For an annual membership fee of about $250, Magnises members could “unlock their cities and take their lives to the next level.” They were assured exclusive tickets to “private members-only concerts, tastings with notable chefs, and exclusive art previews at top galleries,” as well as access to hard-to-book Broadway shows (including “Hamilton”) and events such as New York Fashion Week.

But some of those benefits never materialized or were far from what was advertised, according to a report earlier this year by Business Insider

… McFarland… despite describing Friday as “definitely the toughest day of my life,” was already vowing to forge ahead and hold the event in the future. Perhaps it was his history of moving on from failure. (In 2011, McFarland co-founded a social networking site called Spling, which attracted $400,000 in funding but now appears defunct.) Or his habit of overpromising.

What was clear was that, at least in McFarland’s mind, the Fyre Festival was not dead…

So the Trump Administration has not yet cornered the market in ‘Eminently Punchable Faces’…



Defining the True Progressive (Pt. II): Not An Intentional Joke, Apparently…

‘Our Revolution’, it appears, will be carefully curated:

The People’s Summit is a conference with a goal. To express a set of ideas, values and priorities that reflect our political vision. So instead of a ‘first come, first serve’ registration process, we’re deliberate about who we want to attend. With that in mind, we’ve crafted an application process that allows us to get to know you better before we seal the deal.

We’re looking for organizers and activists, thinkers and doers, grassroots and grasstops. And we know that simply opening the doors to whoever can buy a ticket will result in a space that is too white, too old, too local (also too Chicago and nearby areas), too many paid staffers, and too many consultants.

So we’re asking for personal information about people who want to come not to exclude anyone – but to make sure the balance reflects who we want to be. Our movement is leaderful, accessible, safe, and reflects the diversity of our country.
Read more



Ordnance Only A Mother Could Love

To follow up on DougJ’s post below (and to tread on Alan ADAM* Silverman’s turf):  American forces dropped a GBU-43/B bomb on a target identified as an underground ISIS complex.  The weapon, officially named the “Massive Ordnance Air Blast,” or MOAB, has the probably obvious nickname:  the Mother Of All Bombs.

It’s a no-doubt ginormous creation, with an effective yield of eleven tons of TNT.  It’s so large it is delivered by a variant of a cargo plane, the C130, and not the kind of aircraft more commonly used to deliver battlefield weapons.

A MOAB is not the ultimate bunker-buster, those weapons designed to penetrate well-hardened targets (silos, etc.) For our Vietnam vets, the analogous ordnance is BLU 82B “Daisy Cutter.”  In the open defense literature, the MOAB is at least in part a psychological weapon and in part a clear-the-ground device.  How useful it actually is against a cave complex is unclear, as this description suggests:

The weapon is expected to produce a tremendous explosion that would be effective against hard-target entrances, soft-to-medium surface targets, and for anti-personnel purposes. Because of the size of the explosion, it is also effective at LZ clearance and mine and beach obstacle clearance. Injury or death to persons will be primarily caused by blast or fragmentation. It is expected that the weapon will have a substantial psychological effect on those who witness its use. The massive weapon provides a capability to perform psychological operations, attack large area targets, or hold at-risk threats hidden within tunnels or caves.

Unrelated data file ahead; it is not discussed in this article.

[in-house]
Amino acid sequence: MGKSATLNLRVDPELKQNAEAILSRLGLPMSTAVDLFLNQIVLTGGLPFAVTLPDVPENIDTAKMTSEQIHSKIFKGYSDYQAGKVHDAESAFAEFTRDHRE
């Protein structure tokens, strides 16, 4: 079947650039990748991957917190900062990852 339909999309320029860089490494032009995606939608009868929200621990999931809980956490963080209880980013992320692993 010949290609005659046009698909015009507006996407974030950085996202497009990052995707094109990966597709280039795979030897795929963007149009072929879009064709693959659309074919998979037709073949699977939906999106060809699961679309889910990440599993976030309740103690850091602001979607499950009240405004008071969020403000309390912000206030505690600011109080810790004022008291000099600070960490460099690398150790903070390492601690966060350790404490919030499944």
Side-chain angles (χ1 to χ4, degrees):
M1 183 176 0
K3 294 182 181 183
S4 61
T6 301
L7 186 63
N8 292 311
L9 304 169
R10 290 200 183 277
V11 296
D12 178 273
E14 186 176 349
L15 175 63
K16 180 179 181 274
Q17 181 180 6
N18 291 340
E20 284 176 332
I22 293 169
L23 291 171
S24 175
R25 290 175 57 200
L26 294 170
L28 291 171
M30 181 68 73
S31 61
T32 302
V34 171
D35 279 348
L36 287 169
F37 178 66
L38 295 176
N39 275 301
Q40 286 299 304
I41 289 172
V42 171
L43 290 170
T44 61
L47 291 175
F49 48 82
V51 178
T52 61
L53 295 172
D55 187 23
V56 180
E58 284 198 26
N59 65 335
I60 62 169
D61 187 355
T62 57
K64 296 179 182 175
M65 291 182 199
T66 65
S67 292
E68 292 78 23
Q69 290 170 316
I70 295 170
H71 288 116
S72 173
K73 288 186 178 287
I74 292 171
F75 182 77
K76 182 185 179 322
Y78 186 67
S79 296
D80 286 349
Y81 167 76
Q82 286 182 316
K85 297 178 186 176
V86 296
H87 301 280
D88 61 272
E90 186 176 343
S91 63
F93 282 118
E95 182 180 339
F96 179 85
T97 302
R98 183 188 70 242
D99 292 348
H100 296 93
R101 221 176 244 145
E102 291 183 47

There’s at least pretty good reason to believe that the use — its the first combat deployment ever  — was intended to send a message:

The strike comes just days after a Special Forces soldier was killed in Nangarhar province. Staff Sgt. Mark De Alencar, of 7th Special Forces Group, was killed Saturday by enemy small arms fire while his unit was conducting counter-ISIS operations, according to the Defense Department.

The fact that the U.S. dropped the MOAB in the same province where De Alencar was killed is probably not a coincidence, said Bill Roggio, of the Foundation for Defense of Democracies.

“There might have been a degree of payback here as well,” Roggio told Military Times. “There’s certainly nothing wrong with that, especially if you’re killing your enemy.”

Whatever your response to that aspect of war, here’s the thing.  As Emily Tankin and Paul McLeary write in Foreign Policy, the use of the MOAB is one facet of the broader escalation of US military action across the Middle East and central Asia:
The news came the same day as a report that a coalition airstrike in Syria mistakenly killed 18 fighters backed by the United States.

The U.S. statement also said, “U.S. Forces took every precaution to avoid civilian casualties with this strike.” The U.S. military is reportedly currently assessing the damage from the bomb.

The strike in Afghanistan is part of a huge increase in the American air war in Afghanistan that started under the Obama administration, but has increased even more sharply under President Donald Trump. In the first three months of 2017, American planes have dropped over 450 bombs on targets in Afghanistan, compared to about 1,300 for all of 2016, according to U.S. Air Force statistics. The number of strikes in the first two months of the Trump administration more than doubled the number taken in the same time period under the Obama administration.

The FP journalists note that US military leaders “long bristled at the control the Obama administration exercised over small troop movements and sometimes individual targets.”  Donald Trump — and this is one promise he’s kept — seems to have unleashed  those commanders.  The result?